This week Scout is giving pet sitters the ability to enter and have pet owners digitally sign a service agreement. Setting policy and getting sign off from customers reduces friction down the road. At meet and greets, I go so far as to read my policy agreement aloud, word for word. Customers have an opportunity to ask any questions, and I have peace of mind knowing that the pet owner is well informed before starting services.
Early on in my now 10-year career, I’ve had to update my pet sitting service agreement on many occasions. Running a business is a learning experience. As I continue to learn valuable lessons, I make changes and updates, and I have customers confirm, in writing, that they are aware of the change. Here at Scout, we automate this process by pushing the updated service agreement to the pet sitting app and requiring the pet owner to accept the changes before they can continue to schedule.
Here’s a list the policies every pet sitter should include in their service agreement:
Pricing is one area where there should be absolutely no confusion. A pet owner should be able to reasonably estimate how much a service is going to cost prior to booking it. My pet sitting service agreement includes all of our pricing in an easy to read and understand format. As a result, we have very little friction in this area. My customers are never surprised when they receive an invoice. A shady pricing policy will only serve to alienate customers and prevent growth.
2. Payment Terms
Once your customers understand your pricing structure, it’s important to set payment expectations. Do you accept cash? When is payment due? Is it before services start or after they are completed? Is payment due immediately or do you offer payment terms such as 10 days after the invoice is sent? As you can see there are many ways to structure your payment policy. No matter what the details are, you need to communicate them. Having an ambiguous payment policy will certainly cause your past-due receivables to surge, which will lead to cash flow issues for your company. Make it clear to your customers what you expect and enforce your policy strictly.
Surcharges are additional fees that kick in based on some type of triggering event. For example, last minute requests, last minute cancelations, weekends, or additional pets to name a few. Even if you don’t allow things like last minute bookings or don’t charge additional pet fees, you should express your policy in the service agreement. Pet owners may come to you with certain expectations. It’s very important to manage those expectations by communicating effectively.
4. Urgent Care Policy
For a pet sitter, nothing is worse than arriving at a client’s home to find a pet in need of emergency care. What happens if you can’t reach the client and medical decisions need to be made? Emergency care can become expensive very quickly. I don’t want to sound callous, but I can’t afford to lay out thousands of dollars in vet bills without knowing I’ll be paid back. To avoid this difficult circumstance, I include an emergency care clause in my service agreement. It states exactly what we consider an emergency and what steps we will take if deemed necessary. You should also detail how much you will spend if the pet owner is unresponsive to communications, and when repayment is due for any financial outlays. It can be an awkward conversation, but not something a professional pet sitter should be shy about discussing.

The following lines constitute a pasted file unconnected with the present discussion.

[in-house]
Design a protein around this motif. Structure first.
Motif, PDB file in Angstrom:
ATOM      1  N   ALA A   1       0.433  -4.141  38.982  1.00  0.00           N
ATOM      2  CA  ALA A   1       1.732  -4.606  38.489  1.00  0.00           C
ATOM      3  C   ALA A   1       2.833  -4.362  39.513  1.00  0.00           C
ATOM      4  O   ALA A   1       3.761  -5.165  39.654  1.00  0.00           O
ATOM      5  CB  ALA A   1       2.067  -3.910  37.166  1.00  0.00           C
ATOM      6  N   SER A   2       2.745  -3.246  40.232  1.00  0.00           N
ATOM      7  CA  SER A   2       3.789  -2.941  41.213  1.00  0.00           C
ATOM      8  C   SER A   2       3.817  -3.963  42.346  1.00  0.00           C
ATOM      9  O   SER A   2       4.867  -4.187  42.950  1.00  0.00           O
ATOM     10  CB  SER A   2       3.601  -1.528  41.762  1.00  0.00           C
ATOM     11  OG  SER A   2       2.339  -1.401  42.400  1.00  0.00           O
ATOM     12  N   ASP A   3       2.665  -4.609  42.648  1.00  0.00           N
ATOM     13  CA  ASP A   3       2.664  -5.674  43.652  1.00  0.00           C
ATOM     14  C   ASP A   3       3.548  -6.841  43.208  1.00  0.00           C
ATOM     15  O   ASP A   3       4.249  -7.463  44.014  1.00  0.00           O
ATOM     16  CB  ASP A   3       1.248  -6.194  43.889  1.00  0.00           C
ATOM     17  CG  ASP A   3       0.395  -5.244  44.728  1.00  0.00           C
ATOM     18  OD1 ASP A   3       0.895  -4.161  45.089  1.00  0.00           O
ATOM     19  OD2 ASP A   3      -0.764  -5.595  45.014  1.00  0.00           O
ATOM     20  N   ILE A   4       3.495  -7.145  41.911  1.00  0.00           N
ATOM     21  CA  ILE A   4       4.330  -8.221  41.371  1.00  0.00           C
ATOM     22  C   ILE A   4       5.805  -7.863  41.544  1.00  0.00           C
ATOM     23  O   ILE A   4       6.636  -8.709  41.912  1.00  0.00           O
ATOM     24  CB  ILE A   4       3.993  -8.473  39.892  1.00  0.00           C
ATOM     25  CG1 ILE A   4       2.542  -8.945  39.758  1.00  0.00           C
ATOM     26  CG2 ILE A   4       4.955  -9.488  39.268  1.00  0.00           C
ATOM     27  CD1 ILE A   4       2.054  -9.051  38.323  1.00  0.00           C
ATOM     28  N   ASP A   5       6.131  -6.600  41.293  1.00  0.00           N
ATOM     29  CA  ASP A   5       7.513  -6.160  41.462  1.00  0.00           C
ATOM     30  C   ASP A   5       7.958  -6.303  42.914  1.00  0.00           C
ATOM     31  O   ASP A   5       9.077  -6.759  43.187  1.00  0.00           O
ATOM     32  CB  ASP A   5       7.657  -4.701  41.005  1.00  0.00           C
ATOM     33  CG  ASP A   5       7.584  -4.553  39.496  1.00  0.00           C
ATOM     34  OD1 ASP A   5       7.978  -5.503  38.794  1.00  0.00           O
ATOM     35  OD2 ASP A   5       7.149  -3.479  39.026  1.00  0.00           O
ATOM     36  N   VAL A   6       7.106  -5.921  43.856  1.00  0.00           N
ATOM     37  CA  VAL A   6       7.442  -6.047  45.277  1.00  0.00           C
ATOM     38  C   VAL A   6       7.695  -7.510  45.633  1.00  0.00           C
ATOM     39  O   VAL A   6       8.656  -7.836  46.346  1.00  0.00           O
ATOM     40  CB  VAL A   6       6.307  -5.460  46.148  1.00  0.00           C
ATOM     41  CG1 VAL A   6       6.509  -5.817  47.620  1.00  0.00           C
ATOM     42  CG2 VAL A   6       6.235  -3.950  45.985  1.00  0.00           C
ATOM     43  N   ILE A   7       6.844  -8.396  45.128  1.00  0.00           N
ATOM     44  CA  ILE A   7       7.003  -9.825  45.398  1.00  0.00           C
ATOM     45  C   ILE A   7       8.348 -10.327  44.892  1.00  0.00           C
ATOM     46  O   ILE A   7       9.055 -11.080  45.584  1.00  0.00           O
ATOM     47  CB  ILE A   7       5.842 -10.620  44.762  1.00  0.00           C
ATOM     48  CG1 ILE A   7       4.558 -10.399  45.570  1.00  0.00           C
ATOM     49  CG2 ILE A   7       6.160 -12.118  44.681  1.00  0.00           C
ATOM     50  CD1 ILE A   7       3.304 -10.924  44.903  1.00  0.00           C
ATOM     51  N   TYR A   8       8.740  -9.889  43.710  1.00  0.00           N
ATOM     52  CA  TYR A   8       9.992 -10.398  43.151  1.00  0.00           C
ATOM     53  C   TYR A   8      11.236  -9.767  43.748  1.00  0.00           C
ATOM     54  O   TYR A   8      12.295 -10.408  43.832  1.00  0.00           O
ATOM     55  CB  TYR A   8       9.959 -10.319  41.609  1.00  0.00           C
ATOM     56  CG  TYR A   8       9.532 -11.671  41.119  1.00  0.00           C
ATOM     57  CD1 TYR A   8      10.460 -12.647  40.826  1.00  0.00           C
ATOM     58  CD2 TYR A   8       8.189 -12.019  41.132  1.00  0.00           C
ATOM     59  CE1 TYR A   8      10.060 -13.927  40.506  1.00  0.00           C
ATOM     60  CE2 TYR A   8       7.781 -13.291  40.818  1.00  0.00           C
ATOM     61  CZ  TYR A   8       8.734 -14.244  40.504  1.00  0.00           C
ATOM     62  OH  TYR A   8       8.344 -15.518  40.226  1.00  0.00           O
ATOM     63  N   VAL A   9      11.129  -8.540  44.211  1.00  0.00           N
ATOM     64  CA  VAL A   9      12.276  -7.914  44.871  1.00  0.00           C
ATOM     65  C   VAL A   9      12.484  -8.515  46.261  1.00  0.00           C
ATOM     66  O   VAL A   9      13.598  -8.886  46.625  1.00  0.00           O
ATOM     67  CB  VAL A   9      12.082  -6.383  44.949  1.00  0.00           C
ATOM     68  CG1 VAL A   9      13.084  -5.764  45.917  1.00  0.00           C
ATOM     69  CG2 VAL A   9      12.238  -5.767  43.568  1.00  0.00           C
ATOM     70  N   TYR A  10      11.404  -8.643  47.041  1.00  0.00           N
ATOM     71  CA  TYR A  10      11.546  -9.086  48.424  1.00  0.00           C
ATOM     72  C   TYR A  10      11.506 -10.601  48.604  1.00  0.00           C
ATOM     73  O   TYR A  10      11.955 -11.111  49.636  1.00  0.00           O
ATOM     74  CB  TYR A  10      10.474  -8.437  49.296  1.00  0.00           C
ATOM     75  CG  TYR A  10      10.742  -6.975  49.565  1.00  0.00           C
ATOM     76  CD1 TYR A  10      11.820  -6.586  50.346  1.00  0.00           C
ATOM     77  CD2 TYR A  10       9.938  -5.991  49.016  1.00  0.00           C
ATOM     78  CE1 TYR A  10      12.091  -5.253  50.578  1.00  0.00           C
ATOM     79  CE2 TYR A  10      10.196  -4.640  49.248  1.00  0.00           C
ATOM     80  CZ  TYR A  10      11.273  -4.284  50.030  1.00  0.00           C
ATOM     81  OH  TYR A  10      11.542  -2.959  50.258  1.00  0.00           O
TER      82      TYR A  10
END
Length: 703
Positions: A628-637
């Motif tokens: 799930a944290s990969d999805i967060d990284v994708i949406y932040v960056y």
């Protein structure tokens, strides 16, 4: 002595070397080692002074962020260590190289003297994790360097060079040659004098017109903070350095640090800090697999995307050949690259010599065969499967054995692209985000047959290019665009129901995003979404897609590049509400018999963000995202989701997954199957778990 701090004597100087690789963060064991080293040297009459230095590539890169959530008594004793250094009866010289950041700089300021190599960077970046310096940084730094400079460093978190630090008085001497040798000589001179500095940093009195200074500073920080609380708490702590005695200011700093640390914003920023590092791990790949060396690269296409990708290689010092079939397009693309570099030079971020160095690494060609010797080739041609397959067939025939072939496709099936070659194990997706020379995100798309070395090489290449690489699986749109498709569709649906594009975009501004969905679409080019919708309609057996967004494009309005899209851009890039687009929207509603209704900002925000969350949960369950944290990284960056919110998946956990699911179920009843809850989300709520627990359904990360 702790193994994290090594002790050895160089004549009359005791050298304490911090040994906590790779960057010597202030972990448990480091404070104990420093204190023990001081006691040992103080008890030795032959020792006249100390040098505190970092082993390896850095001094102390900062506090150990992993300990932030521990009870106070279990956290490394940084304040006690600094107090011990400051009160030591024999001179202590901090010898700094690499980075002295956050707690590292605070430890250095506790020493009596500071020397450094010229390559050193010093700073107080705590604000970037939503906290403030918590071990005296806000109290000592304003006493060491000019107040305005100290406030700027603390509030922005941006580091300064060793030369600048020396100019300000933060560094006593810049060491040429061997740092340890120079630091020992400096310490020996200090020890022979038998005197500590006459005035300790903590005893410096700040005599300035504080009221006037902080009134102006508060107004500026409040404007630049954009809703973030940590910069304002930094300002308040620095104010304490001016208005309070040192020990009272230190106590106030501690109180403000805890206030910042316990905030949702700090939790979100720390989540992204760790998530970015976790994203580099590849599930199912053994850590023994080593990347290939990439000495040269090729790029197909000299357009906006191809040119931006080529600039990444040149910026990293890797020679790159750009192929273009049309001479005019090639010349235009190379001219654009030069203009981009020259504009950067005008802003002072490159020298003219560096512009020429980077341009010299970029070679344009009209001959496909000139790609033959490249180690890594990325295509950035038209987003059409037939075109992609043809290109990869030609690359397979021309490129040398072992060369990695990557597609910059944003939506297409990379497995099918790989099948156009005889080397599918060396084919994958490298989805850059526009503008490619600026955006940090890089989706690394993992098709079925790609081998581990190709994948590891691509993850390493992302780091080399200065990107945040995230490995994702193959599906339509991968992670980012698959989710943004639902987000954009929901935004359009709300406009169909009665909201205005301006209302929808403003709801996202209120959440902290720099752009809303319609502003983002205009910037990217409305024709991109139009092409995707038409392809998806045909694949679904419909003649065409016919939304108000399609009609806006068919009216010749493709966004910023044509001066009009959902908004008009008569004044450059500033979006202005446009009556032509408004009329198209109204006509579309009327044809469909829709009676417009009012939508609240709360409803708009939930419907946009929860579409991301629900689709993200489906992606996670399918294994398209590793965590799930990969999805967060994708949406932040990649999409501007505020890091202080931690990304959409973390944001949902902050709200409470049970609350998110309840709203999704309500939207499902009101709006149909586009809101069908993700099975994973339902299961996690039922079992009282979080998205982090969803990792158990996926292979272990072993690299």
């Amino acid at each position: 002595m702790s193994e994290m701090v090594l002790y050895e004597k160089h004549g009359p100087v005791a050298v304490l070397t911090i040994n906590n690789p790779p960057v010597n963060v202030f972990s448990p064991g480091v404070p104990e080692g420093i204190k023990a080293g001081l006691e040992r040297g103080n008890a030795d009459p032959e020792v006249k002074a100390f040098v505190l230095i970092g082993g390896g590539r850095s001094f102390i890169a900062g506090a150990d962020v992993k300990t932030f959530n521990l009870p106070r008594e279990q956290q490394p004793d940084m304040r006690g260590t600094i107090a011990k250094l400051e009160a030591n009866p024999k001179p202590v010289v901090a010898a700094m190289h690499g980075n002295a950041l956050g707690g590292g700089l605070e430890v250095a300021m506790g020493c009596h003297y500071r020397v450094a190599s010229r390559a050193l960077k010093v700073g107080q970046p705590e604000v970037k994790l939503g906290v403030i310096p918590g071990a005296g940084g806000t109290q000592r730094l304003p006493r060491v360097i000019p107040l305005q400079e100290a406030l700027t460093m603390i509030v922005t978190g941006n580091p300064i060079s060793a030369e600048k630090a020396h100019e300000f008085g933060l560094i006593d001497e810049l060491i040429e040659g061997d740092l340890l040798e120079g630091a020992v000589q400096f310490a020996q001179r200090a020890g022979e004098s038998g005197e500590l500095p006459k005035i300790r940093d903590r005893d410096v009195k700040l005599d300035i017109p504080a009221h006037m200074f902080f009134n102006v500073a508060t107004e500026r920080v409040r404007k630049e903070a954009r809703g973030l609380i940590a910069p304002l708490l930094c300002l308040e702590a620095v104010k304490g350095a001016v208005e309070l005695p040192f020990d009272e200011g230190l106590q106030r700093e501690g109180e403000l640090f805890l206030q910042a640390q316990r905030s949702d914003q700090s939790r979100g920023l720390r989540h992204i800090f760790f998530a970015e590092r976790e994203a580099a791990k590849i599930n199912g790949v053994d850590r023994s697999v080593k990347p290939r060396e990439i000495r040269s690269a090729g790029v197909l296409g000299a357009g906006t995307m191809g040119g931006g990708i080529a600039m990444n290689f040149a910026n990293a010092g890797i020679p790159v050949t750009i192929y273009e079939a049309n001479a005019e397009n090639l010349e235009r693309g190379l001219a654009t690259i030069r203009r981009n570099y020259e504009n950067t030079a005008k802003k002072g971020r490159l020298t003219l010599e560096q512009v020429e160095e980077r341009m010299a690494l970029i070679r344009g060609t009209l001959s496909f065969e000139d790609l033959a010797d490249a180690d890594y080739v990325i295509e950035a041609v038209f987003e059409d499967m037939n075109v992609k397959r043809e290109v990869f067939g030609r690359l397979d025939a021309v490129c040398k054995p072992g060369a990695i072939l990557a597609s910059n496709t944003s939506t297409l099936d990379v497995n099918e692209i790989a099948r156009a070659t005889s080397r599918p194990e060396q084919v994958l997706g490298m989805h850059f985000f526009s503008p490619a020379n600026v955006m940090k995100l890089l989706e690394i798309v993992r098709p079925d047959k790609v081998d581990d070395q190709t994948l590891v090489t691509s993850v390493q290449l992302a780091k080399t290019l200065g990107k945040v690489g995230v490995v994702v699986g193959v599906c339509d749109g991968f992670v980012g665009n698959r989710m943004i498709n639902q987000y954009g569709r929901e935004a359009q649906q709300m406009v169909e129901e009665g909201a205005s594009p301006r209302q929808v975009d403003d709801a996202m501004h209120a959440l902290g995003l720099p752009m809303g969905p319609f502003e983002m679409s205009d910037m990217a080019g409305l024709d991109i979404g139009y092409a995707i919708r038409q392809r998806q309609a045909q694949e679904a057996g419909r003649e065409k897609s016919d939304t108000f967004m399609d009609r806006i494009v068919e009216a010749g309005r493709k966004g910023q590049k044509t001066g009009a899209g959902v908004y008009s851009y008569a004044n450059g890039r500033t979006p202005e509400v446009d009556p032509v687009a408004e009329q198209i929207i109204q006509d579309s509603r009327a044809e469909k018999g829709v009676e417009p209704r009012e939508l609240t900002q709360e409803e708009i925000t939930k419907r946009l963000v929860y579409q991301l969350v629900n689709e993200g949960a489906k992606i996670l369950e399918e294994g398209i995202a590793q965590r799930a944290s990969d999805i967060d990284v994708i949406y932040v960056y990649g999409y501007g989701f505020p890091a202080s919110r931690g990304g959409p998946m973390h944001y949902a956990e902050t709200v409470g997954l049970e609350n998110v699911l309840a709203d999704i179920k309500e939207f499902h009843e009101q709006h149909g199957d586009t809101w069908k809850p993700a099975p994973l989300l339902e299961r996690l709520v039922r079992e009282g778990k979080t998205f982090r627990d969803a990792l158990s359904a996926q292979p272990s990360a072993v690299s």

Every company is going to have different views on socialization. My company has a strict no socialization policy. We don’t allow strangers to pet our clients, we don’t let other dogs approach, we don’t pack walk and we don’t do dog parks. It’s very important to be transparent with your customers. Pet owners deserve to know what situations their pet will be placed in, and have an opportunity to accept or reject your policy during the signup period.
6. Minimum Visits for Vacation Care
Having a minimum visit policy can be controversial, especially when it comes to clients with doggy doors and cats. Including a clear policy statement in your service agreement can prevent you from having to deal with a pissed off customer down the road. I have been involved in a number of contentious discussions about our minimum visit policy. Some people accept it, and some don’t. The thing you want to avoid is having this come up right before a customer is leaving town.
7. Website and Social Media
Posting cute, fun pictures of peoples pets is a great way to advertise your business and show potential clients the work you do. However, privacy is a big concern for people. Assuming everyone is okay with their pet, and potentially their home, being posted on the internet is a mistake. In your service agreement, you’ll probably want to include who is authorized to post pictures, and what content is and is not posted. For my company, we state that a manager reviews every picture. We don’t post pictures that can be used to identify the location of a client’s home. We also don’t post details about their work schedule or that they are traveling.
The purpose of a service agreement is to be fully transparent with potential customers. As a business owner, you should provide the service you are comfortable with and give clients the ability to approve your policies or find another service that fits their needs. I make sure that all bases are covered, even the uncomfortable ones, and I let the client decide if they want to proceed once they have all the information. One thing I do not do is allow customers to change my service agreement. Every section of my agreement is there for a reason and I don’t allow customers to make changes. Having a service agreement is an effective way to determine if a client is a good fit for you and if you’re a good fit for the client.